An aperitif with Sonia Rolland: “As a Métis, you always live with your ass between two chairs”


Sonia Rolland, at Le Tournesol restaurant, in Paris (16ᵉ), on December 20, 2022.

She would have liked a glass of Gevrey-Chambertin or Nuits-Saint-Georges. “We’re out of burgundy, I’m sorry…”, apologizes the waiter at Le Tournesol, a restaurant in the very chic 16e arrondissement of Paris, where Sonia Rolland made an appointment at the start of the evening. “No big deal… Shall we try the red Sancerre?” »offers Miss France 2000, who spent part of her adolescence in Cluny, in Saône-et-Loire.

Sonia Rolland presents herself unvarnished, natural. White sneakers, black pants and sweater, she leaves work, hasn’t had time to go home ” a little further ” to kiss his two daughters. At the end of December 2022, the actress has been rising for a few weeks An unexpected fate, a film she directed and whose release date is yet to be determined. A biopic? “The life of Nadia, a basketball player who will become Miss France a little by chance, is indeed inspired by mine, she answers. But I mixed in a lot of other stories. It’s realistic fiction, a film that tells how a girl’s fate can change in a second. »

“By becoming Miss France, I lived a social and modern fairy tale”

His rocked in December 1999, in front of millions of viewers: Miss Burgundy was elected Miss France, the first of Métis origin. “Where do you get that lovely tan from? », Jean-Pierre Foucault asked him a few moments before. From Béarn by her father and from Rwanda by her mother, a country she left, via Burundi, ten years earlier, “with a suitcase and a family album”, to flee the genocide of the Tutsi.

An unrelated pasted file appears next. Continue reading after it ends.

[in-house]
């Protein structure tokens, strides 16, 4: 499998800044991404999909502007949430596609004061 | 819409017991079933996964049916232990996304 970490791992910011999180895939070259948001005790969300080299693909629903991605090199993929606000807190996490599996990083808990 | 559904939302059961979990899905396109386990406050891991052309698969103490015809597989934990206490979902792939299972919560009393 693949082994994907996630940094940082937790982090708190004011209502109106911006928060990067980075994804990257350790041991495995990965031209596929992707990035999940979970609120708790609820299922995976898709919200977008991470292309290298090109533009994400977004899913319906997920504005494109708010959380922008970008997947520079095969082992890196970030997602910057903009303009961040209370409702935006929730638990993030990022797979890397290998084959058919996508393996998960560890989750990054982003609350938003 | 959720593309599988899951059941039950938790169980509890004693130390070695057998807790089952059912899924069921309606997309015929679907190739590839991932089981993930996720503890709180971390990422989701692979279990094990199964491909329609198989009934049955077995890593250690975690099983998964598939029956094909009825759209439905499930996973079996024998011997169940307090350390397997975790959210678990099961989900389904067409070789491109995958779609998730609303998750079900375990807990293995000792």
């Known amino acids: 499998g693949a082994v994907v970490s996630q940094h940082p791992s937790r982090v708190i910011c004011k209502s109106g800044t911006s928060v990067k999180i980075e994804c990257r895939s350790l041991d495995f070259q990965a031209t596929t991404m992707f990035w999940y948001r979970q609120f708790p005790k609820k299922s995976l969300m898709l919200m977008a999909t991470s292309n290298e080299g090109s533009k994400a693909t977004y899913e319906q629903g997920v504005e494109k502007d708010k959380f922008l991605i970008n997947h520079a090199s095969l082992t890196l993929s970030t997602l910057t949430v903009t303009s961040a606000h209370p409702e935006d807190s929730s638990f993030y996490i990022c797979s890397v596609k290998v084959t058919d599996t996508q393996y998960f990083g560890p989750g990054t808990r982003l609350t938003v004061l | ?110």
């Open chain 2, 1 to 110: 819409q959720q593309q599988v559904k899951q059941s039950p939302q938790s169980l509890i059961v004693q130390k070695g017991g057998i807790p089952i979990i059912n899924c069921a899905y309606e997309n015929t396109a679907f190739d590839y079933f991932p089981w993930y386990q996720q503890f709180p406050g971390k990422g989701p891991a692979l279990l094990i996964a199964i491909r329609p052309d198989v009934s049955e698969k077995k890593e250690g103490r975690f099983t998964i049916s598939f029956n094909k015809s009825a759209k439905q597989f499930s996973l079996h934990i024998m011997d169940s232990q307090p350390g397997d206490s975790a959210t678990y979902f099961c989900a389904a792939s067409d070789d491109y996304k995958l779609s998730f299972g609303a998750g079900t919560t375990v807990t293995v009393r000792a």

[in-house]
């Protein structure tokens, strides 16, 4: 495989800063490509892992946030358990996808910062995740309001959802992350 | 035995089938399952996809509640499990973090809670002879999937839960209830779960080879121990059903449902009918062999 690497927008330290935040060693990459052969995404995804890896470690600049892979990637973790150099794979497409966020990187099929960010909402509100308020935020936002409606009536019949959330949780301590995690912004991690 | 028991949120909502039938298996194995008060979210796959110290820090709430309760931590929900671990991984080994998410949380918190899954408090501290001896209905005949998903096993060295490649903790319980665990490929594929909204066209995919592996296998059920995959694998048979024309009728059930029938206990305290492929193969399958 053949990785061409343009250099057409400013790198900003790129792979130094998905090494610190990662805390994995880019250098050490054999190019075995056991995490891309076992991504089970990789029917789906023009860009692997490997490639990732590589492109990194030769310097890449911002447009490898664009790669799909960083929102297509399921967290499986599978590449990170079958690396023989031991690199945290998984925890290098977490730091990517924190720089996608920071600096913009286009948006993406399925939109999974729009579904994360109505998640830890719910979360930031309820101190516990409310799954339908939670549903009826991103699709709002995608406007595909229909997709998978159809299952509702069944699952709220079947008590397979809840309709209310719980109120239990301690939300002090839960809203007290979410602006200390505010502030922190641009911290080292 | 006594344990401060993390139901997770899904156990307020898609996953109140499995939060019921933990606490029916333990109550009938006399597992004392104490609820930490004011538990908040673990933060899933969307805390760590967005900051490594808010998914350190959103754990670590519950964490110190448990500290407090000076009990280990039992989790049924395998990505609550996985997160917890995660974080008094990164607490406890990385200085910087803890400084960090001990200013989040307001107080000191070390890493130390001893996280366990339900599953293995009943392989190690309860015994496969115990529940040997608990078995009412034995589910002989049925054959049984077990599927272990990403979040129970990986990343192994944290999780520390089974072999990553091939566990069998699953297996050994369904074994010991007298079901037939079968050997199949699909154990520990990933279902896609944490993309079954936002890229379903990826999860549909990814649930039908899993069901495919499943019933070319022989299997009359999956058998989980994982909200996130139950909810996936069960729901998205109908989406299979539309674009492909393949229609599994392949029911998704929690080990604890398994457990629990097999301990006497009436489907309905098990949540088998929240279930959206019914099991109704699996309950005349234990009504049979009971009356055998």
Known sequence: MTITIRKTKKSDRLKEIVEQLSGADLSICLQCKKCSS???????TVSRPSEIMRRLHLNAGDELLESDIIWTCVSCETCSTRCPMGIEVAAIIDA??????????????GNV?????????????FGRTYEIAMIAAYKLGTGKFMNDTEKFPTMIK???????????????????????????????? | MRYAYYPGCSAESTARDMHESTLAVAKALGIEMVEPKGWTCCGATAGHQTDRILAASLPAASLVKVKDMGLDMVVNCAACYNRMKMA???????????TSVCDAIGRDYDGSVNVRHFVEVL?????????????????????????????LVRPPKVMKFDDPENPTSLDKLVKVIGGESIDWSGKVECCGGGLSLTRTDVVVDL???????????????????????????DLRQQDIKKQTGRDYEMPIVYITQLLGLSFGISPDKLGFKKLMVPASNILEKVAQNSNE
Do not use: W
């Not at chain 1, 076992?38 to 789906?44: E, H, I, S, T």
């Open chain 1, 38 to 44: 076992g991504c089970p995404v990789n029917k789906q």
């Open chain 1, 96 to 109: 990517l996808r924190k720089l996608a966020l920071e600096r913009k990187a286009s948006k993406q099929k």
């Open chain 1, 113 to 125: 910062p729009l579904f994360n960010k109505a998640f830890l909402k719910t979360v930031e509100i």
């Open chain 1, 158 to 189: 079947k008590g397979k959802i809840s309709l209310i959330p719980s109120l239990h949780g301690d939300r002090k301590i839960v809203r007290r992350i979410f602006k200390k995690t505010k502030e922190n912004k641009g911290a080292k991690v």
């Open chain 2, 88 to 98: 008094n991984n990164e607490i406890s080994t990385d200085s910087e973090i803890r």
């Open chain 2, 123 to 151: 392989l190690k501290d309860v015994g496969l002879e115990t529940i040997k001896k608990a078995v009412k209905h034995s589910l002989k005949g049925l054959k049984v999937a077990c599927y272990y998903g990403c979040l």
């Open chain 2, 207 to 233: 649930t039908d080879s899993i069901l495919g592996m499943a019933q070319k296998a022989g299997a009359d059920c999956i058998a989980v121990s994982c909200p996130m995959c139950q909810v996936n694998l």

“From there, I understood that I could no longer plant myself, remembers Sonia Rolland. I was proud to represent France, which I adore, but I was also proud to represent Africa. By becoming Miss France, I lived a social and modern fairy tale. What was difficult was that I also had to represent the working class where I come from. Becoming Miss France is not winning the lottery. You get a status, a public life, money, but for those around you, nothing changes. I had to deal with this guilt. »

“Pathetic times”

At 18, her tiara just placed on her head, she is taken to the Hôtel Crillon, place de la Concorde, where she spends her first night as a beauty queen.

Suddenly, the phone in his royal suite rang. At the other end of the line, Agathe Habyarimana, the widow of the former Rwandan president, a refugee in France where she has been prosecuted since 2007 for her alleged links with the Hutu genocidaires. “I was terrified, remembers Sonia Rolland. She wanted to congratulate me. But how could she overcome all the obstacles to call Miss France to her room, the very night of her election? She must have had contacts in very high places. »

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